ASEAN Removes Trade Barriers on Medicines and Other Essential Goods
This article was first published by BIMP-EAGA on 23 November 2020.
Ten countries in Southeast Asia are removing restrictions on intraregional trade of medicines and other goods needed to fight the coronavirus disease (COVID-19). This move is part of joint efforts to control the spread of the disease and mitigate the pandemic’s economic impact.
Economic ministers of the Association of Southeast Asian Nations (ASEAN) signed a memorandum of understanding (MOU) on 13 November 2020 to phase out or eliminate non-tariff measures for the ASEAN List of Essential Goods, which currently covers 152 tariff lines of mostly medicines and medical supplies and equipment. It also includes soaps, disinfectants, and face masks. The agreement will apply for 2 years from its signing unless member states agree otherwise.
The MOU calls on ASEAN countries to refrain from imposing new and unnecessary non-tariff measures on these goods to prevent supply shortages in the region. Restrictions may be made when there is a public health emergency but “such measures must be targeted, proportionate, transparent, temporary,” and conform with international trade agreements, such as the World Trade Organization Agreement and the ASEAN Trade in Goods Agreement (ATIGA). Member states are also asked to share timely information on any trade-related measures on these essential goods and supplies.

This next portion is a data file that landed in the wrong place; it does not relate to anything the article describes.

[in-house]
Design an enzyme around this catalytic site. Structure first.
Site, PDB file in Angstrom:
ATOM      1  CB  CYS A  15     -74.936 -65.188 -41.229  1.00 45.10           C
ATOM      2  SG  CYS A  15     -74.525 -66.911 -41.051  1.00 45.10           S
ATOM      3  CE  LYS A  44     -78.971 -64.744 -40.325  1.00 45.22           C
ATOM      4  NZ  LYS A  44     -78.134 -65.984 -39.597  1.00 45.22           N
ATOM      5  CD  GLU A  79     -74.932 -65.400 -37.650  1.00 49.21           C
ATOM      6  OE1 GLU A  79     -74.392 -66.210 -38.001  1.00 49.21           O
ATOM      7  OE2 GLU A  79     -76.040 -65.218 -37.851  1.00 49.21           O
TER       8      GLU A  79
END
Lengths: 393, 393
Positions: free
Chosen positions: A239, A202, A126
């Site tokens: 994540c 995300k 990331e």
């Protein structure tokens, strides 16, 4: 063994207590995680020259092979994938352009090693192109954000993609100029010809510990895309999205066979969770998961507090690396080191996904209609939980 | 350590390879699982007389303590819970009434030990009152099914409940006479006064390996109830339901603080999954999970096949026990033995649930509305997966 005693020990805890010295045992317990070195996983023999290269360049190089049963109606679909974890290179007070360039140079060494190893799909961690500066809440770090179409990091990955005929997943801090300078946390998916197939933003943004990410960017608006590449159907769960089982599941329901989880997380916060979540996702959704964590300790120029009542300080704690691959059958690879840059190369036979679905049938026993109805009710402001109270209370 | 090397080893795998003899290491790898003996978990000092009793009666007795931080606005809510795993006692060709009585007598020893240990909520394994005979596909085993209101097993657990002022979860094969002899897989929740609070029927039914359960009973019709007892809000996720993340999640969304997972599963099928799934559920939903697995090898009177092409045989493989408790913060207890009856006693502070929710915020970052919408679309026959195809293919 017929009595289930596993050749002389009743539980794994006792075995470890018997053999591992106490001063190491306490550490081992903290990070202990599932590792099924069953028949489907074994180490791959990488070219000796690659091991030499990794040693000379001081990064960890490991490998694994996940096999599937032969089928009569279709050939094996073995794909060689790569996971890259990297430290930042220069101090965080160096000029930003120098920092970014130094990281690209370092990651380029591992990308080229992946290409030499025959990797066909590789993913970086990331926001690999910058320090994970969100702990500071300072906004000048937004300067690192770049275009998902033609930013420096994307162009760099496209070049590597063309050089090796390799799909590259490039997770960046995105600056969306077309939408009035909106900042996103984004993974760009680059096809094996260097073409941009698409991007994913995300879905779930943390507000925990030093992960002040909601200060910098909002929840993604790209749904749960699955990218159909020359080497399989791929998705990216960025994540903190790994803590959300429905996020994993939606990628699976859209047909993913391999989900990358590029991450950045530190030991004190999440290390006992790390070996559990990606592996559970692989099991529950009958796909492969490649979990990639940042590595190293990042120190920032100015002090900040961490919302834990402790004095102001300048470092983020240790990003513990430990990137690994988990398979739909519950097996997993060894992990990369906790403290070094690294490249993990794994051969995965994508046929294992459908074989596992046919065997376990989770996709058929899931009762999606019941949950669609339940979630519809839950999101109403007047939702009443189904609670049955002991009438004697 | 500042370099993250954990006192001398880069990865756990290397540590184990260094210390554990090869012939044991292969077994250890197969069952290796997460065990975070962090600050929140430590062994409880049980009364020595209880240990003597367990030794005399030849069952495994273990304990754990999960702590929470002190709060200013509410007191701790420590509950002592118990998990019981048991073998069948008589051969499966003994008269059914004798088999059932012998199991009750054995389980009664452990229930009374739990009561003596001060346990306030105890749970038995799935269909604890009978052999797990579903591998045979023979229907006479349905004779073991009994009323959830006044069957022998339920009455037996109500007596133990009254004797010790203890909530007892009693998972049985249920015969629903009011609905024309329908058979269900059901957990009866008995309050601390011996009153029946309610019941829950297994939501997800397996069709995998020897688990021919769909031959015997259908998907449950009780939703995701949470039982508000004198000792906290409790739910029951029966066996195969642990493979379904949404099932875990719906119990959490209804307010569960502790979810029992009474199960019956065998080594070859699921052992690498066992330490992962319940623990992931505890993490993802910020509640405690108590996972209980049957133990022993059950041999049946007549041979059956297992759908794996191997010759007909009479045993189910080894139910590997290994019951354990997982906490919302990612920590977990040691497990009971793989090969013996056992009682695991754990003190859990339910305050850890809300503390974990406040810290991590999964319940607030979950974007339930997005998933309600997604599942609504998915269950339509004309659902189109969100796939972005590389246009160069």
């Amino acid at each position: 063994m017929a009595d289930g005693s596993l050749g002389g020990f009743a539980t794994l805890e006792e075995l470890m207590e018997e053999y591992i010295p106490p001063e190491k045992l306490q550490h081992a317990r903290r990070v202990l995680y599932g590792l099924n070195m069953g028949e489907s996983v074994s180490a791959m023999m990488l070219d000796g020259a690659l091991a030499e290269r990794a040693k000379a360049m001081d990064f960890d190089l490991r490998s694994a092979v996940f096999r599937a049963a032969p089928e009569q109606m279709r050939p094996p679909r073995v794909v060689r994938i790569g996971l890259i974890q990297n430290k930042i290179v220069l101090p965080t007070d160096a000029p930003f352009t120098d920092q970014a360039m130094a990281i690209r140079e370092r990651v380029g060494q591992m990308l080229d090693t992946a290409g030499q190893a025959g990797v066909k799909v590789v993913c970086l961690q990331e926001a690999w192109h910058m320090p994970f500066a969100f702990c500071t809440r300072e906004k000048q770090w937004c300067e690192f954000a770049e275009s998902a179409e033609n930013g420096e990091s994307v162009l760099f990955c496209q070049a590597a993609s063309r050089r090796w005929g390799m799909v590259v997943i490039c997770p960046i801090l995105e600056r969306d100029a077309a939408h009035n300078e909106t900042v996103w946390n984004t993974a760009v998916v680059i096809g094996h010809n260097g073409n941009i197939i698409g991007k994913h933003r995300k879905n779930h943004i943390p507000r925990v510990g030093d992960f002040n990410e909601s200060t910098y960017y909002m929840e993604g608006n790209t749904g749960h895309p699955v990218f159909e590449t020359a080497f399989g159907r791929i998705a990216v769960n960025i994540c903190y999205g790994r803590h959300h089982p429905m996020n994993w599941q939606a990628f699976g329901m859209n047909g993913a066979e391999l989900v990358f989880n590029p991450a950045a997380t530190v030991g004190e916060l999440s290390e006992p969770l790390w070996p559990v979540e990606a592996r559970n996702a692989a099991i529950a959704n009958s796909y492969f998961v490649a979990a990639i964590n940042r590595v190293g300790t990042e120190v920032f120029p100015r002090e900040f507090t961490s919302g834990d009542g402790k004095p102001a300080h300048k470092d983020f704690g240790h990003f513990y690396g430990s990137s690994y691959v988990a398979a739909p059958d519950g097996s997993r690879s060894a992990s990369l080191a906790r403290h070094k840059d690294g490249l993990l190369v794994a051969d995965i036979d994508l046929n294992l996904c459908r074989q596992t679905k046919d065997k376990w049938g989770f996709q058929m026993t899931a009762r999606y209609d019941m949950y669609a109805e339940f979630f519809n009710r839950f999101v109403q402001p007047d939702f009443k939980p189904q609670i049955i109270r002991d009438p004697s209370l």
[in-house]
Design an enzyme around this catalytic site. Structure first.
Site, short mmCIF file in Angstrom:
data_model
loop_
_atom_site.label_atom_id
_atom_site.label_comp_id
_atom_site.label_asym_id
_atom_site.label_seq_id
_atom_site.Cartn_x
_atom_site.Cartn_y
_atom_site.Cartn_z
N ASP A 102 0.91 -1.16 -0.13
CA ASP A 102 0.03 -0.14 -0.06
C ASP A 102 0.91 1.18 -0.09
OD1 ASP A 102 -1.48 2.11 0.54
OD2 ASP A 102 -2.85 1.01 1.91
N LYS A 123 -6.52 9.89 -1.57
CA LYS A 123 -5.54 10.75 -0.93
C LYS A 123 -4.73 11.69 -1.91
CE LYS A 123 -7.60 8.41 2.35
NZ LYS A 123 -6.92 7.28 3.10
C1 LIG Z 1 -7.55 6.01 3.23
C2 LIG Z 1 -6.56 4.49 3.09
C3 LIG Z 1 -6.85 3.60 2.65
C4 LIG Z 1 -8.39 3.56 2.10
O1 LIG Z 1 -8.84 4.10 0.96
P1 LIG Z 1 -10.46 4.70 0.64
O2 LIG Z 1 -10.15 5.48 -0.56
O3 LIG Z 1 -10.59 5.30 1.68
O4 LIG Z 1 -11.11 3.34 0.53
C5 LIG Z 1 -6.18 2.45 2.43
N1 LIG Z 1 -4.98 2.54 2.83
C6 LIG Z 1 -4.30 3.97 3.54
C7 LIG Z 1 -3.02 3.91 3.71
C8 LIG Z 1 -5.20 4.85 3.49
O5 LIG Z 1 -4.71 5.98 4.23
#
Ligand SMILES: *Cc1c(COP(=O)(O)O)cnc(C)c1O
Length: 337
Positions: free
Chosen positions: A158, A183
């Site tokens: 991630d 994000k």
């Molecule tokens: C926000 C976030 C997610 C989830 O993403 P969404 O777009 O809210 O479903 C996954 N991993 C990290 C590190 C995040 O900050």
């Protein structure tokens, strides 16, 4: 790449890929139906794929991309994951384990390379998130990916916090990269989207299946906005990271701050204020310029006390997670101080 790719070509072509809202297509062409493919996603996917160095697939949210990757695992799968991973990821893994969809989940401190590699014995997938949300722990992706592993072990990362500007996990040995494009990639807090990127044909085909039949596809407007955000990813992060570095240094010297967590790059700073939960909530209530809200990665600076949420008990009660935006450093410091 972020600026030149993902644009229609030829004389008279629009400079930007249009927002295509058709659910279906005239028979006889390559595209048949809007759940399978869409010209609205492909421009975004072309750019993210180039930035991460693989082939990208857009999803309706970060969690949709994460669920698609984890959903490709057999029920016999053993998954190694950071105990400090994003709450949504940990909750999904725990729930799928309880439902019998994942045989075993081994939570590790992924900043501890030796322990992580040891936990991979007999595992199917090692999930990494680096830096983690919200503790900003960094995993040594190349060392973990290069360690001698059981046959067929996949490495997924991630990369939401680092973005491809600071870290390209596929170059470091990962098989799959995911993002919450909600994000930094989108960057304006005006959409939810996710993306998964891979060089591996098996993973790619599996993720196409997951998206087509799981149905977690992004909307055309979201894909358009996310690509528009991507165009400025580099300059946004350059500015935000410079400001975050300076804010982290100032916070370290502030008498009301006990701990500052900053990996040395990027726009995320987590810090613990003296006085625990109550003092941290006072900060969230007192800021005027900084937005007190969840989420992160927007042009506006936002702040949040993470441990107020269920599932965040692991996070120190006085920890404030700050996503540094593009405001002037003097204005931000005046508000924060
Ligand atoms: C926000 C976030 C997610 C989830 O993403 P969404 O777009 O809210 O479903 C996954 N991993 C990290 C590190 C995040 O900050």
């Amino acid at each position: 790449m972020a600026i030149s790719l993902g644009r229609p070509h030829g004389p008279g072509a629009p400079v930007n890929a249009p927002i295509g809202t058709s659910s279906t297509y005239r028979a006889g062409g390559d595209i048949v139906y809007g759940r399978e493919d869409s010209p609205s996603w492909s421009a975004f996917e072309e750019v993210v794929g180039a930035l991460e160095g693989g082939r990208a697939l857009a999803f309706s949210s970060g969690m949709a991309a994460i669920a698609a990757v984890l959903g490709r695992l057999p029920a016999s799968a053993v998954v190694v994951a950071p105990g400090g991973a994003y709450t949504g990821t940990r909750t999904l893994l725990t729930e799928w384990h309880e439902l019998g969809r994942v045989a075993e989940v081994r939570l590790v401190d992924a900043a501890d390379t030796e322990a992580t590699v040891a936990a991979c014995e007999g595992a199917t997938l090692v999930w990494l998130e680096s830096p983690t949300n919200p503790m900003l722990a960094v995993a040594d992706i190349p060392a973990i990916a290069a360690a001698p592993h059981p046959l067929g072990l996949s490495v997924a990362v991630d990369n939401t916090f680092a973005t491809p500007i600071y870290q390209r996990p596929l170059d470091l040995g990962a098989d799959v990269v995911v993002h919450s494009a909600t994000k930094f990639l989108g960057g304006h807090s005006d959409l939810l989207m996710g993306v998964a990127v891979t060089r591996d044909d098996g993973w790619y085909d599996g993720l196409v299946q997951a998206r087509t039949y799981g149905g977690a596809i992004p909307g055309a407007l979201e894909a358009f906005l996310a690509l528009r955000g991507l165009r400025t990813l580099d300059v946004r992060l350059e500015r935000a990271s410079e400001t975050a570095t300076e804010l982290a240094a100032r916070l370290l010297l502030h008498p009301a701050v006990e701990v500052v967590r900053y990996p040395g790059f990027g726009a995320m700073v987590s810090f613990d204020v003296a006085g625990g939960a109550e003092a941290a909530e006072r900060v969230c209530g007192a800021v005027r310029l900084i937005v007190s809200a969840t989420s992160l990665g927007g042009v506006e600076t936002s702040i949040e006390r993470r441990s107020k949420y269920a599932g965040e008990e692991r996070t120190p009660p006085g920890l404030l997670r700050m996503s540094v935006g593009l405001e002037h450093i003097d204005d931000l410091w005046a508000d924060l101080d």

ASEAN groups Brunei Darussalam, Cambodia, Indonesia, Lao People’s Democratic Republic, Malaysia, Myanmar, Philippines, Singapore, Thailand, and Viet Nam. They are also part of the Regional Comprehensive Economic Partnership (RCEP), which was signed on 15 November and is said to be the world’s largest trade agreement.
The MOU on essential goods is part of the Ha Noi Plan of Action on Strengthening ASEAN Economic Cooperation and Supply Chain Connectivity in Response to the COVID-19 Pandemic. It was signed at the sidelines of the 19th ASEAN Economic Community Council Meeting, which was held through video conferencing because of the pandemic.
The pandemic has disrupted global trade and transport. The ASEAN countries are taking steps to improve trade facilitation and keep supply chains moving in the new normal. On 20 September, they began implementing the ASEAN-Wide Self-Certification (AWSC) scheme. It is an initiative that is expected to facilitate and boost trade among the 10 member states by making it easier, faster, and less costly to export goods. Eligible exporters can self-certify the origin of their goods to enjoy zero tariff under the ATIGA, which provides for the removal of import duties for nearly all the products of ASEAN.